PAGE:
Kawasaki disease is a rare condition that features a fever and inflamed blood vessels in children under age 5. Researchers don’t know the cause, but they’ve found treatments that work for many. Prompt treatment is important for a good prognosis. The risk is greatest when Kawasaki disease affects the arteries that supply blood to your child’s heart.
Kawasaki disease or Kawasaki syndrome is a rare type of vasculitis (blood vessel inflammation). Inflamed blood vessels can become weak and stretched out. When that happens, they’re at risk of tearing or narrowing. This limits how much blood can get through to nourish tissues and organs.
Kawasaki disease happens most often in children 6 months to 5 years of age. It affects all of their arteries, but the biggest concern is the coronary arteries. These supply blood to your heart. Children with affected coronary arteries can have heart issues as a result.
With prompt treatment, most children recover in about two months.
Kawasaki disease is rare, occurring in an estimated 10 to 20 out of 100,000 children younger than age 5 in the United States and Canada. In Japan, Korea and Taiwan, it affects 50 to 250 out of 100,000 children younger than 5.
Kawasaki disease is the most common cause of acquired heart disease in children in the United States, Japan and other developed countries.
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Kawasaki disease symptoms can include:
The cause of Kawasaki disease is unknown, although more cases happen in late winter and early spring. Researchers are looking into possible Kawasaki disease causes like infections, environmental factors or genetics.
No. Even though a rash is one of the Kawasaki disease symptoms, you can’t spread the condition through person-to-person contact.
Risk factors for Kawasaki disease include:
You can still get Kawasaki disease even if you don’t have any of these risk factors.
Complications of Kawasaki disease include:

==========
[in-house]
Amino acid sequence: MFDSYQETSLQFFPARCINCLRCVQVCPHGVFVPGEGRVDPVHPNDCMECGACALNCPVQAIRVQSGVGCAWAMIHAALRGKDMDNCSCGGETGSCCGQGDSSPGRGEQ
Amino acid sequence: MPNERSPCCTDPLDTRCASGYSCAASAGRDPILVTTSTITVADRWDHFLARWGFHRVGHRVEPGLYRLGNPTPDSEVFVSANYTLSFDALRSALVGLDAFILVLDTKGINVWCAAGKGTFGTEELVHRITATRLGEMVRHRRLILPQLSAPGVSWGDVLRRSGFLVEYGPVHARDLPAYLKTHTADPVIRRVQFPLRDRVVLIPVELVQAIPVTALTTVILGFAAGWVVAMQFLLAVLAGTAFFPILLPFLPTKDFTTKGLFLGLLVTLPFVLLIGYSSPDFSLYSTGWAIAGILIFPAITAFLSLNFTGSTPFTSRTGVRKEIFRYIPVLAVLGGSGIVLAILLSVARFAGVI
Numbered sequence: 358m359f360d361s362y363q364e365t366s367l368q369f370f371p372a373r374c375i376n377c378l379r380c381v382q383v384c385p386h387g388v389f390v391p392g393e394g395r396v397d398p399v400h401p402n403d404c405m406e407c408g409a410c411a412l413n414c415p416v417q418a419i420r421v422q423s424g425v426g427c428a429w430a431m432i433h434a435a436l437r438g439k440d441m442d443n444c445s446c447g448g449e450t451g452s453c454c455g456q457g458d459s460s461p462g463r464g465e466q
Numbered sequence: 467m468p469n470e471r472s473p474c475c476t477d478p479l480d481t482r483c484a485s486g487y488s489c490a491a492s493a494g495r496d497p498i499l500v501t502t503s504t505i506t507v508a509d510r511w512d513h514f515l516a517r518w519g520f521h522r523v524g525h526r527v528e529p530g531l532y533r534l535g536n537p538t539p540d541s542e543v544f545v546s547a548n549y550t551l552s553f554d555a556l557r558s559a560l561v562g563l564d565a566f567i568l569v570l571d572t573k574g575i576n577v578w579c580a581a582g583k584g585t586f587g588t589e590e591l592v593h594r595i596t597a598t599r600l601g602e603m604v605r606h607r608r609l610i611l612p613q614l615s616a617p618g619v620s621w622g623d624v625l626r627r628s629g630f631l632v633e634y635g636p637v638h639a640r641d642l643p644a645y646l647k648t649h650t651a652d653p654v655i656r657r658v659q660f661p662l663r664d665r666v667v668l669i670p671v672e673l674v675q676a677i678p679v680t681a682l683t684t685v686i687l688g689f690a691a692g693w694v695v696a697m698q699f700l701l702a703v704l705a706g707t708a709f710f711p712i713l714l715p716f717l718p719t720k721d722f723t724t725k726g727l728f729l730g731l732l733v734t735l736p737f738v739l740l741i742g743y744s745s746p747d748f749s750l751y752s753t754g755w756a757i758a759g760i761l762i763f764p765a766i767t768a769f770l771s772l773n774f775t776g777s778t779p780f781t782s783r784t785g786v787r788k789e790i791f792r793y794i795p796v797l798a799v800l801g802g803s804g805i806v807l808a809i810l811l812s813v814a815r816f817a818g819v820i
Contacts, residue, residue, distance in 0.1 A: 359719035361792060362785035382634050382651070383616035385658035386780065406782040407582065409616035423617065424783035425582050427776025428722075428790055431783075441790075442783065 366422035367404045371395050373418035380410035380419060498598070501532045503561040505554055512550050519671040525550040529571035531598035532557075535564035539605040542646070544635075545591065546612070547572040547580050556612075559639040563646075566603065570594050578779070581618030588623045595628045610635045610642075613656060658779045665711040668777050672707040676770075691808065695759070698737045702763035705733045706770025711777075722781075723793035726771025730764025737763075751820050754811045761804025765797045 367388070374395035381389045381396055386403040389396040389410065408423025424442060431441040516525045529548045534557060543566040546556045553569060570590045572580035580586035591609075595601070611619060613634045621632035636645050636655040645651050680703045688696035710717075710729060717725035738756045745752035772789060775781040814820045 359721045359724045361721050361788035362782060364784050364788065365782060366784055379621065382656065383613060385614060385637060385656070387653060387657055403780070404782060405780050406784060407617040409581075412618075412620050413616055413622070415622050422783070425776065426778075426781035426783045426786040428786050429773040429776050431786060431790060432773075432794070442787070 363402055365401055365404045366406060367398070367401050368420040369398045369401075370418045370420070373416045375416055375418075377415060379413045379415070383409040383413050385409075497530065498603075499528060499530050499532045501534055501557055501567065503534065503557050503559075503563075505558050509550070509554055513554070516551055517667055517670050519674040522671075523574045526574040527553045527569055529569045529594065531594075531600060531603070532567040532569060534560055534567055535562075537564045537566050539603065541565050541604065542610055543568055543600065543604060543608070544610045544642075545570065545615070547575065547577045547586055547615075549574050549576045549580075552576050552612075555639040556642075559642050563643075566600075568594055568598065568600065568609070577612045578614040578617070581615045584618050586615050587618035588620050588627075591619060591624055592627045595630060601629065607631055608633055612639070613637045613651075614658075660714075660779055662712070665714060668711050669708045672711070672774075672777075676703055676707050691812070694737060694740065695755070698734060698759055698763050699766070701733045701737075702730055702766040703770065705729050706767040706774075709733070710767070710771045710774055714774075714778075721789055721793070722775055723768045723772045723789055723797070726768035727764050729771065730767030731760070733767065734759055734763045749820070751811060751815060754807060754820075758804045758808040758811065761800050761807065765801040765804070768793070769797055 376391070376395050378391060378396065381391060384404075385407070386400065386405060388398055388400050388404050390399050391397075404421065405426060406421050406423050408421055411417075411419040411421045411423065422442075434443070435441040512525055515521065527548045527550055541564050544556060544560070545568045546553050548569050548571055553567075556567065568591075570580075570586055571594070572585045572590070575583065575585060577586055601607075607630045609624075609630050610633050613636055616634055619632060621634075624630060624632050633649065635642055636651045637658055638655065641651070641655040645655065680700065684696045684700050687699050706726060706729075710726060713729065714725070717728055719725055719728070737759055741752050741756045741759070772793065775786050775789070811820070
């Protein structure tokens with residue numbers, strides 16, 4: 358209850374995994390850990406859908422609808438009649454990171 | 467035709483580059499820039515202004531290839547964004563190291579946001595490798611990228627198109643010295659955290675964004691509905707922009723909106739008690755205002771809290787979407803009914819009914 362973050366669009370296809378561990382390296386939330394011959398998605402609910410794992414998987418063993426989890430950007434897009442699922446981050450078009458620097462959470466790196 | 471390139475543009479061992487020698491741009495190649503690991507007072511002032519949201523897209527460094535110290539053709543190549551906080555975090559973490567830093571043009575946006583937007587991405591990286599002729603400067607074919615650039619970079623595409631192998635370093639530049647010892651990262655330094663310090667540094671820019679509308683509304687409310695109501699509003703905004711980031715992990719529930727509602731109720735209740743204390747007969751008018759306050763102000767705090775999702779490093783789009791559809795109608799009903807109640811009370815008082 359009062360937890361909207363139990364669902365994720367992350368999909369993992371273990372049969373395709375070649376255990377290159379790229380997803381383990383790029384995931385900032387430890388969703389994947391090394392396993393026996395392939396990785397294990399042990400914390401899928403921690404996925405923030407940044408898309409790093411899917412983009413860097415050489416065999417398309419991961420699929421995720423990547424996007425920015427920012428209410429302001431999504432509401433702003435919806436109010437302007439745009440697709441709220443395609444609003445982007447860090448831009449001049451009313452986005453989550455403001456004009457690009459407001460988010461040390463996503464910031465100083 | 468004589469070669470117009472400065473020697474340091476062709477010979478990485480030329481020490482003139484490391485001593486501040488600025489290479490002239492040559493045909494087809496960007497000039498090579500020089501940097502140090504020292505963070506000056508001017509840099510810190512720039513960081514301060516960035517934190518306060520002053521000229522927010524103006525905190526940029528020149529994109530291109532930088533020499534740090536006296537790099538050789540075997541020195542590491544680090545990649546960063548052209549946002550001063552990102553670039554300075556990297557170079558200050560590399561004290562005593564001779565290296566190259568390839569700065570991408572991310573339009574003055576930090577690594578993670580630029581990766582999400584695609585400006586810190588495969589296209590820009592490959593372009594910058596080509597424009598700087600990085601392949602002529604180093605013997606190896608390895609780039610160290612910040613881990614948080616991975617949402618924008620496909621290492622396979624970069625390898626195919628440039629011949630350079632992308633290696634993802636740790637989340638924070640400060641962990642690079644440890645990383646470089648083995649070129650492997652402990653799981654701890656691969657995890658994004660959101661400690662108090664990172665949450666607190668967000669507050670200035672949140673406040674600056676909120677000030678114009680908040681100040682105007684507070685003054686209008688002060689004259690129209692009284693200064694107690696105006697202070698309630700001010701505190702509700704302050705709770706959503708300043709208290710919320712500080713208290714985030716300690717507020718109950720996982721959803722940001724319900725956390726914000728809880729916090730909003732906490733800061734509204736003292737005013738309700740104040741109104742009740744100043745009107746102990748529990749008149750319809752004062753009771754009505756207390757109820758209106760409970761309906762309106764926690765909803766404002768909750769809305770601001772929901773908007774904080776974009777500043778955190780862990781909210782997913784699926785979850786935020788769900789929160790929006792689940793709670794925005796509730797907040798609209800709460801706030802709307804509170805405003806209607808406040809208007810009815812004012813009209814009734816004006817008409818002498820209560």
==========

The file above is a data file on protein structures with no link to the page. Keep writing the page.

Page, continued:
Symptoms and signs help healthcare providers make a Kawasaki disease diagnosis with a physical exam. If your child only has some of the symptoms, this is atypical or incomplete Kawasaki disease. Before making a diagnosis, providers have to rule out other causes of fever.
The three stages of Kawasaki disease are:
Stage 1 (Acute)
Stage 2 (Subacute)
Stage 3 (Convalescent)
There’s no test that can directly detect Kawasaki disease. But healthcare providers can do tests that support a diagnosis of Kawasaki disease or rule out other possible illnesses.
They may order:
Treatment for Kawasaki disease includes:
Your child will be in the hospital for treatment. The goals of Kawasaki disease treatment are to:
IVIG is usually well tolerated, but can cause:
Anticoagulants can make your child bleed more easily.
No. Because researchers don’t know what causes Kawasaki disease, they don’t know how to prevent it.
The reasons for admission vary, but evaluation for Kawasaki disease usually takes place in the hospital.
Your child will be ready to go home from the hospital when they’re:
You’ll need to follow up with your primary healthcare provider, an infectious disease provider and a cardiologist after discharge. They’ll follow your child closely, including repeating lab work, until there’s no longer any need for further therapy.
A cardiologist will order follow-up echocardiograms one to two weeks and four to six weeks after hospital discharge. Your child may need more frequent echocardiograms if they had issues with their coronary arteries.
Children can have Kawasaki disease symptoms for four to six weeks. They may feel tired and irritable for eight weeks.
Kawasaki disease can come back in about 2% or 3% of cases.
It can cause long-term damage to arteries and possible heart issues in adulthood. Atherosclerosis is one example. People who have aneurysms (dilated coronary arteries) from the disease need long-term follow-up every year or a few years for the rest of their lives. In some cases, they may need a procedure to improve blood flow.
Your child’s provider will want to make sure they don’t develop blood clots. They also want to make sure your child’s heart muscle gets enough oxygen.
The outlook for children with Kawasaki disease depends on how much it affects their hearts. Complications that affect the heart can be severe enough to be fatal within 15 to 45 days of a fever starting. Fortunately, treatment can usually keep heart disease from occurring.
Coronary artery aneurysms can happen in 25% of people who don’t get treatment. In children who receive timely treatment, the rate of coronary artery aneurysms is less than 6%. With treatment, 50% of children with affected coronary arteries heal in one to two years.
Yes. But with prompt treatment, most children with Kawasaki disease can recover completely.
You can care for your child by:
Contact your healthcare provider if your child has:
Questions to ask your provider include:
A note from Cleveland Clinic
It’s not easy to see your child experiencing a fever and other symptoms. But researchers have found treatments that have helped many children over the years. Ask your child’s healthcare provider if you can bring a favorite toy or blanket to the hospital to soothe your child. Your touch and calming voice can help them feel more at ease while dealing with symptoms.
Last reviewed by a Cleveland Clinic medical professional on 07/10/2023.
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